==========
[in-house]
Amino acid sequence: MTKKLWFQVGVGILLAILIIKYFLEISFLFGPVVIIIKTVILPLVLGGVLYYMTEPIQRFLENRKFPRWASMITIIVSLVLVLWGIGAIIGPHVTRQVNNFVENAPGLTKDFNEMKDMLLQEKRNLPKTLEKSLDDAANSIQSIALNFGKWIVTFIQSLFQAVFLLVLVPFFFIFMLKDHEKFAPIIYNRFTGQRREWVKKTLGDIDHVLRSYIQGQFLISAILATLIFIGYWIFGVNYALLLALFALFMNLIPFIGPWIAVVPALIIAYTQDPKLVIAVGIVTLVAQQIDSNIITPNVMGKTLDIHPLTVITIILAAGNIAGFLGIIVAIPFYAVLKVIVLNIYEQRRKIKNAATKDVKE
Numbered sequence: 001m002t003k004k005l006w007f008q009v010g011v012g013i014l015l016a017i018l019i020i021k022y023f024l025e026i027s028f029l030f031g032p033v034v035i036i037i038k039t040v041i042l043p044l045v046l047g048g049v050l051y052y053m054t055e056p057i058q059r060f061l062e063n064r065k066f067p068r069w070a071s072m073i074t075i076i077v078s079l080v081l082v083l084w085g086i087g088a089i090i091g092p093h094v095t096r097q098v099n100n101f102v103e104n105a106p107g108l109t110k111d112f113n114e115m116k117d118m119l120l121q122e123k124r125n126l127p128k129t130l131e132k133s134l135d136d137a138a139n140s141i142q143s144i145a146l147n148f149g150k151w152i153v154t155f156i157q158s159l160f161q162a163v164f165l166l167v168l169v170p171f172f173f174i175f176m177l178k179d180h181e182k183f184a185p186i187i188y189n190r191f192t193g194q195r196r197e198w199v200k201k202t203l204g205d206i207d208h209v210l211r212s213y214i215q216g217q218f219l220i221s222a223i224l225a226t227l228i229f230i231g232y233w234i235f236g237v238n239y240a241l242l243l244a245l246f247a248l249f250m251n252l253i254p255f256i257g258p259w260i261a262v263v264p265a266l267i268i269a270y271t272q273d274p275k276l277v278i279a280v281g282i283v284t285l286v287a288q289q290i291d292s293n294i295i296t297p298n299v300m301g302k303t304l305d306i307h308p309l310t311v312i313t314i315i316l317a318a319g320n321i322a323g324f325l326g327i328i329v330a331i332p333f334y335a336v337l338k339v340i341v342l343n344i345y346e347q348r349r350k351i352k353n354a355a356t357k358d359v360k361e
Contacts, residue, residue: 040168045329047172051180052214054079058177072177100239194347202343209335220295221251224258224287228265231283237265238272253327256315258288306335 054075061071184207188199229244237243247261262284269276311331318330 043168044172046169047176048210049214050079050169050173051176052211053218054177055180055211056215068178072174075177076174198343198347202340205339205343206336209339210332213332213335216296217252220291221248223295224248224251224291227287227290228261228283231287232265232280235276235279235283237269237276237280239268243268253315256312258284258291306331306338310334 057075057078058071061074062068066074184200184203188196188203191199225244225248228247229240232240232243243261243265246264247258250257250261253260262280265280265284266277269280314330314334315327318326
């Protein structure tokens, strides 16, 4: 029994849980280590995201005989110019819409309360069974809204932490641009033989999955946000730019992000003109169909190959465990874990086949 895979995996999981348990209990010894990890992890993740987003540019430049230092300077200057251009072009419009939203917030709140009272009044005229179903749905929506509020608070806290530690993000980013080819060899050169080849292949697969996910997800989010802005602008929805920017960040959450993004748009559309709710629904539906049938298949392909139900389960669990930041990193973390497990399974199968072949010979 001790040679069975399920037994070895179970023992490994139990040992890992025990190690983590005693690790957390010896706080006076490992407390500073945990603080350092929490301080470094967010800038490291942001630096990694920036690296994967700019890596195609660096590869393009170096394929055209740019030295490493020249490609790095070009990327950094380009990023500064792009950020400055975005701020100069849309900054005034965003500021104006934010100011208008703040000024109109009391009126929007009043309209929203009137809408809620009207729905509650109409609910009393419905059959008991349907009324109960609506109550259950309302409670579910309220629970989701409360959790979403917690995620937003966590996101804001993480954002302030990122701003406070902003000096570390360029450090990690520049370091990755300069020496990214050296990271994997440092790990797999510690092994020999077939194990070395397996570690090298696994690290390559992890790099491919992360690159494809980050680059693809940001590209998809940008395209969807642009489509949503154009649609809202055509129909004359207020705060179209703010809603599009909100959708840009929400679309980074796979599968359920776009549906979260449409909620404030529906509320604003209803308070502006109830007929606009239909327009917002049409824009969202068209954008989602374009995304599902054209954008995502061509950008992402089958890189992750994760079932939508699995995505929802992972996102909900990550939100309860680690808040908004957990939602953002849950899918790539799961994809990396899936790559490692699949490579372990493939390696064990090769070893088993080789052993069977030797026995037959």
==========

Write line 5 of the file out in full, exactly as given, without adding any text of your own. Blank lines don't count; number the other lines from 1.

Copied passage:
């Protein structure tokens, strides 16, 4: 029994849980280590995201005989110019819409309360069974809204932490641009033989999955946000730019992000003109169909190959465990874990086949 895979995996999981348990209990010894990890992890993740987003540019430049230092300077200057251009072009419009939203917030709140009272009044005229179903749905929506509020608070806290530690993000980013080819060899050169080849292949697969996910997800989010802005602008929805920017960040959450993004748009559309709710629904539906049938298949392909139900389960669990930041990193973390497990399974199968072949010979 001790040679069975399920037994070895179970023992490994139990040992890992025990190690983590005693690790957390010896706080006076490992407390500073945990603080350092929490301080470094967010800038490291942001630096990694920036690296994967700019890596195609660096590869393009170096394929055209740019030295490493020249490609790095070009990327950094380009990023500064792009950020400055975005701020100069849309900054005034965003500021104006934010100011208008703040000024109109009391009126929007009043309209929203009137809408809620009207729905509650109409609910009393419905059959008991349907009324109960609506109550259950309302409670579910309220629970989701409360959790979403917690995620937003966590996101804001993480954002302030990122701003406070902003000096570390360029450090990690520049370091990755300069020496990214050296990271994997440092790990797999510690092994020999077939194990070395397996570690090298696994690290390559992890790099491919992360690159494809980050680059693809940001590209998809940008395209969807642009489509949503154009649609809202055509129909004359207020705060179209703010809603599009909100959708840009929400679309980074796979599968359920776009549906979260449409909620404030529906509320604003209803308070502006109830007929606009239909327009917002049409824009969202068209954008989602374009995304599902054209954008995502061509950008992402089958890189992750994760079932939508699995995505929802992972996102909900990550939100309860680690808040908004957990939602953002849950899918790539799961994809990396899936790559490692699949490579372990493939390696064990090769070893088993080789052993069977030797026995037959």